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Saint Glinglin (French Literature) Hardcover – June 1, 1993

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Editorial Reviews

From Publishers Weekly

For readers willing to relax demands for credibility and logic, Queneau's funny, philosophical nonsense is addictive. Here, Queneau ( Zazie dans le metro ) has created a world, starting with its banalities: the cliches, the tired small talk, the outdated prejudices, the little points of pride. This world, Home Town, is settled in its ways under perpetually blue skies and under the guidance of Nabonidus, its proud mayor. But the mayor's children, all corrupted by influences from Foreign Town, turn against both their father and the traditional ways. To say any more about the plot is to imply that there really is one. Like all of Queneau's books, this is much about language, both dry experimentation (the entire book is a lipogram--there are no X s) and full of neologisms and quirky style, which are meant simply to amuse ("Pierre went back down the three steps, paused by his father without turning his head, put his hat atop his head where it belonged, bent to pick up his suitcase and left"). But Saint Glinglin also has a distinctly mystical bent with its (often obscure) musings on life and fish, alienation and verdancy, sacrifice and eel-baskets. Described in brief, Queneau may seem a fearsome read, but in situ he is a gentle, playful guide.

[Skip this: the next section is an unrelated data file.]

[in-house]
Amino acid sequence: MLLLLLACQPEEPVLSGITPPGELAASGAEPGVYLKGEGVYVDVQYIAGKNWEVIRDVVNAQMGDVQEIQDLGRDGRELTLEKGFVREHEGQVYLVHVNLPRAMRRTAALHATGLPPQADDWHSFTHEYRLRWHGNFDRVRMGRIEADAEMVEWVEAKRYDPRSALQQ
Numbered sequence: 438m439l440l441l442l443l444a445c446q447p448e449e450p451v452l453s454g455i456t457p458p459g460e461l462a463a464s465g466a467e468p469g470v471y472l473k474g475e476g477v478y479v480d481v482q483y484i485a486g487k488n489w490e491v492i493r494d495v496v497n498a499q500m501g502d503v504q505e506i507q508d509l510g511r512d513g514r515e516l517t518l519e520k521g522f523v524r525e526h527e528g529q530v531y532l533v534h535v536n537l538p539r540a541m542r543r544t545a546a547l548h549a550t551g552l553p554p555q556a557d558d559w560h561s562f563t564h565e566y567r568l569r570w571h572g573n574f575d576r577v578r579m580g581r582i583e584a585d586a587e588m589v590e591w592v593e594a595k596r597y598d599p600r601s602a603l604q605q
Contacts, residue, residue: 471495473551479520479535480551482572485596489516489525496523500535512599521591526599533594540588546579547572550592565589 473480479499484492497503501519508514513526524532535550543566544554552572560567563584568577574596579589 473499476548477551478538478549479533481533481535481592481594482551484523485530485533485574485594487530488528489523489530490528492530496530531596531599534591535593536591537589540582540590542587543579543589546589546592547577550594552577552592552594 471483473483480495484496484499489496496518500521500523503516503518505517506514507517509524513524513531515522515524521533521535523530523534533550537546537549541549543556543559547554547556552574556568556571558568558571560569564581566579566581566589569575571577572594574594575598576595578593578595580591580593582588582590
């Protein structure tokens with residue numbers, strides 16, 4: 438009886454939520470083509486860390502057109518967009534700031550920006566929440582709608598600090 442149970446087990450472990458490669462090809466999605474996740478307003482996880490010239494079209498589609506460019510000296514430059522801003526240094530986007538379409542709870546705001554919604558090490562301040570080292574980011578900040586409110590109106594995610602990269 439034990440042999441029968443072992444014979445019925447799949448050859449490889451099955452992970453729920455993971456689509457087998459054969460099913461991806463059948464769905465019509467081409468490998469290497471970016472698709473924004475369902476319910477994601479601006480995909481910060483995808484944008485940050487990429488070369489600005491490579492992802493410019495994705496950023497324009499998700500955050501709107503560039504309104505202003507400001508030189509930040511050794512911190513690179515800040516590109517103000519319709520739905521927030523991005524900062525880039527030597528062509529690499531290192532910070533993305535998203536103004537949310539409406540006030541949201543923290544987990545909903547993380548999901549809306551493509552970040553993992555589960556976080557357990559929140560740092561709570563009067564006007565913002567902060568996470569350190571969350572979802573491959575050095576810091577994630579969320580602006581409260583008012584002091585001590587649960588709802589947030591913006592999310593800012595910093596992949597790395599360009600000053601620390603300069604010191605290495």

Copyright 1993 Reed Business Information, Inc.

From Library Journal

The novels of Queneau (1903-76) were forerunners of le nouveau roman (the "new novel"), which rejected traditional methods of plotting and characterization and instead created fantastical fictional worlds replete with "new" languages. This novel suggests that fear binds all living beings together, but readers won't be able to dwell on that emotion, busy as they are trying to follow a bizarre plot replete with characters just this side of lunacy yet touchingly human. The liberal use of phonetic spelling ( existence translates to eksistence , aiguesistence, orgresistence , eggsistence , or algae sistence , if its fish) keeps us alert and amused. Queneau's riveting language provides an entree to complex existentialist meditations on the alienation of both fish and humans from nature and to brilliantly inventive discourses on insects. The plot is fantastical but interwoven with enough threads of reality to keep the reader turning pages. A fine rendition of one of Queneau's most important novels; essential for academic and large public libraries.
- Olivia Opello, Onondaga Cty. P.L., Syracuse, N.Y.
Copyright 1993 Reed Business Information, Inc.

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